April 25, 2014 in Editorials, Op-Eds, Smitty in the City by

Questlove Delivers In Portland

Last week, the drummer known as Questlove (often spelled “?uestlove”) visited Portland as part of Soul’d Out Music Fest and delivered a high powered DJ set to a packed house at Alhambra Theatre. With no advance info on the openers, I was eager to show up on-time to see if any locals were holding it down. Since one event invite said doors opened at 8 and another said 9, I decided to live on the edge and show up at 9:10. I only had to wait about 15 minutes for the doors to open. Within about an hour the building was approaching capacity.

While waiting for the show to start, I finally got a chance to meet Anael, whom I’ve covered for WOHM in the past. Also met a fellow who goes by Gold Hooks. Nice fella, he contributed the pics for this article.

QUEST_01It wasn’t till rather late into the night that it dawned on me that while I usually see Questlove as a hip-hop figure, he’s really a soul musician. After a last minute pre-order rush combined with a strong number of walk-ups created the surge needed to all but sell out the performance, a three piece ensemble teamed alto and tenor sax players with a drummer for a rousing opening act. I couldn’t find anyone who had even a clue who the band was… Same for the hype man who held Questlove down for the entirety of his DJ set.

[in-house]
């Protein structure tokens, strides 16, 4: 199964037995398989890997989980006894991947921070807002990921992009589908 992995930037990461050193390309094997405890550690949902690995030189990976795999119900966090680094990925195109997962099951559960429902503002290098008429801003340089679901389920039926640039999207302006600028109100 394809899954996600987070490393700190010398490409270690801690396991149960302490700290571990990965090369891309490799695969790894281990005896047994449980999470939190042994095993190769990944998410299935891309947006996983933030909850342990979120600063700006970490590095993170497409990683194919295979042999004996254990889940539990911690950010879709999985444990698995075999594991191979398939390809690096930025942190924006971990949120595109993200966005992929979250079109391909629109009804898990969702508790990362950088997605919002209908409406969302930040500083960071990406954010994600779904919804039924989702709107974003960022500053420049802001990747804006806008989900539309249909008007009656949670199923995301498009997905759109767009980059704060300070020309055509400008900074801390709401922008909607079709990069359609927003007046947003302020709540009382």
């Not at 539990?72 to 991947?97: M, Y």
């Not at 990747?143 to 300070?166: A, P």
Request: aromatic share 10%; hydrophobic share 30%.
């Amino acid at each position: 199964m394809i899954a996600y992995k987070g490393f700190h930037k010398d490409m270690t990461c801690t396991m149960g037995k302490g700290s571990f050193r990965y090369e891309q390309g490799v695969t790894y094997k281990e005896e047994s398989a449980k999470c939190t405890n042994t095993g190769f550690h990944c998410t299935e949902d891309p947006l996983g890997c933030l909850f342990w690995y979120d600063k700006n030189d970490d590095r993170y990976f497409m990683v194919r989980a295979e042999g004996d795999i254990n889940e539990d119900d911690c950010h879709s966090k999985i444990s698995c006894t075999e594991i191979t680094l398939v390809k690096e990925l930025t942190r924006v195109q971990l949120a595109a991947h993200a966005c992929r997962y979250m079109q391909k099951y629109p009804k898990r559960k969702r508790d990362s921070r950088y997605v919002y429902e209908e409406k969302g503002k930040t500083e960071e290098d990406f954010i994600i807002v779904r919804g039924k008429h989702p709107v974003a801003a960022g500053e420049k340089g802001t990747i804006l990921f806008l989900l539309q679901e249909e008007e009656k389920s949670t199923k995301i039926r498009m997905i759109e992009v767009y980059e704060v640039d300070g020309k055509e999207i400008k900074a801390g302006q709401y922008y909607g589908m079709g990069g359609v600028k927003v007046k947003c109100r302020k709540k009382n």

Same for a large number of people in the crowd. Definitely not the usual suspects at hip-hop events, not even the same folks at say a Dookie Jam. No, these were jazz concert in the park type attendees. You know, the type you have to keep an arm’s distance from in case of random body motions they call dance moves. And that’s when my bubble burst. See, all this time, I’ve seen Questlove as a progressive figure/leader in Hip-Hop culture and always associated his work with the underground movement; in other words, I thought Questlove was “a Black thing”. Responses to my Twitter pondering quickly set me straight. I should have known better.

 

Surprisingly surprising demographics aside, Questlove danced between blues to jazz to hip-hop to pop as he kept the buzzing crowd on their feet for a couple of hours. His knowledge of music evident in his song selection, he also impressed as a turntablist, demonstrating some strong deconstruction skills in the middle of a hip-hop tangent. The crowd was very receptive and there were people dancing everywhere. I learned new things and had a great time. I’d say the night was perfect, if I hadn’t managed to lock my keys in my car.

QUEST_06

Oh well… $120 later… #OutHere

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